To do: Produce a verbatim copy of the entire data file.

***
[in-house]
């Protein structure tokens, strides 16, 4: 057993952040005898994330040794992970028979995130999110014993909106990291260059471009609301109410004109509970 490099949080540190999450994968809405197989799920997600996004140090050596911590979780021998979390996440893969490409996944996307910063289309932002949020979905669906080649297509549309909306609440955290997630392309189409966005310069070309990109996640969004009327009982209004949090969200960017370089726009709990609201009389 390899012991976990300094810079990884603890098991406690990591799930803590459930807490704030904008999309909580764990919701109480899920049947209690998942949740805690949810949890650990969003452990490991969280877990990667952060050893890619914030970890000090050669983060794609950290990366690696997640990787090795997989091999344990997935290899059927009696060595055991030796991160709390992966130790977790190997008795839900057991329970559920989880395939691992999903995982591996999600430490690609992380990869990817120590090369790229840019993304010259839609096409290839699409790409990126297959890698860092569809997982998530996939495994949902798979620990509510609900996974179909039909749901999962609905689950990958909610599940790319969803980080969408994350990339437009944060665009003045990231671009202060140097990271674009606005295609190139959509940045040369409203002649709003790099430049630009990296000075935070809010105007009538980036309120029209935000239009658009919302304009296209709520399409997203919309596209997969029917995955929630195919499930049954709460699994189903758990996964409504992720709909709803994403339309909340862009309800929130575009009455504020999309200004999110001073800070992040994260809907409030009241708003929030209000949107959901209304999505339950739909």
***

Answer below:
[in-house]
């Protein structure tokens, strides 16, 4: 057993952040005898994330040794992970028979995130999110014993909106990291260059471009609301109410004109509970 490099949080540190999450994968809405197989799920997600996004140090050596911590979780021998979390996440893969490409996944996307910063289309932002949020979905669906080649297509549309909306609440955290997630392309189409966005310069070309990109996640969004009327009982209004949090969200960017370089726009709990609201009389 390899012991976990300094810079990884603890098991406690990591799930803590459930807490704030904008999309909580764990919701109480899920049947209690998942949740805690949810949890650990969003452990490991969280877990990667952060050893890619914030970890000090050669983060794609950290990366690696997640990787090795997989091999344990997935290899059927009696060595055991030796991160709390992966130790977790190997008795839900057991329970559920989880395939691992999903995982591996999600430490690609992380990869990817120590090369790229840019993304010259839609096409290839699409790409990126297959890698860092569809997982998530996939495994949902798979620990509510609900996974179909039909749901999962609905689950990958909610599940790319969803980080969408994350990339437009944060665009003045990231671009202060140097990271674009606005295609190139959509940045040369409203002649709003790099430049630009990296000075935070809010105007009538980036309120029209935000239009658009919302304009296209709520399409997203919309596209997969029917995955929630195919499930049954709460699994189903758990996964409504992720709909709803994403339309909340862009309800929130575009009455504020999309200004999110001073800070992040994260809907409030009241708003929030209000949107959901209304999505339950739909």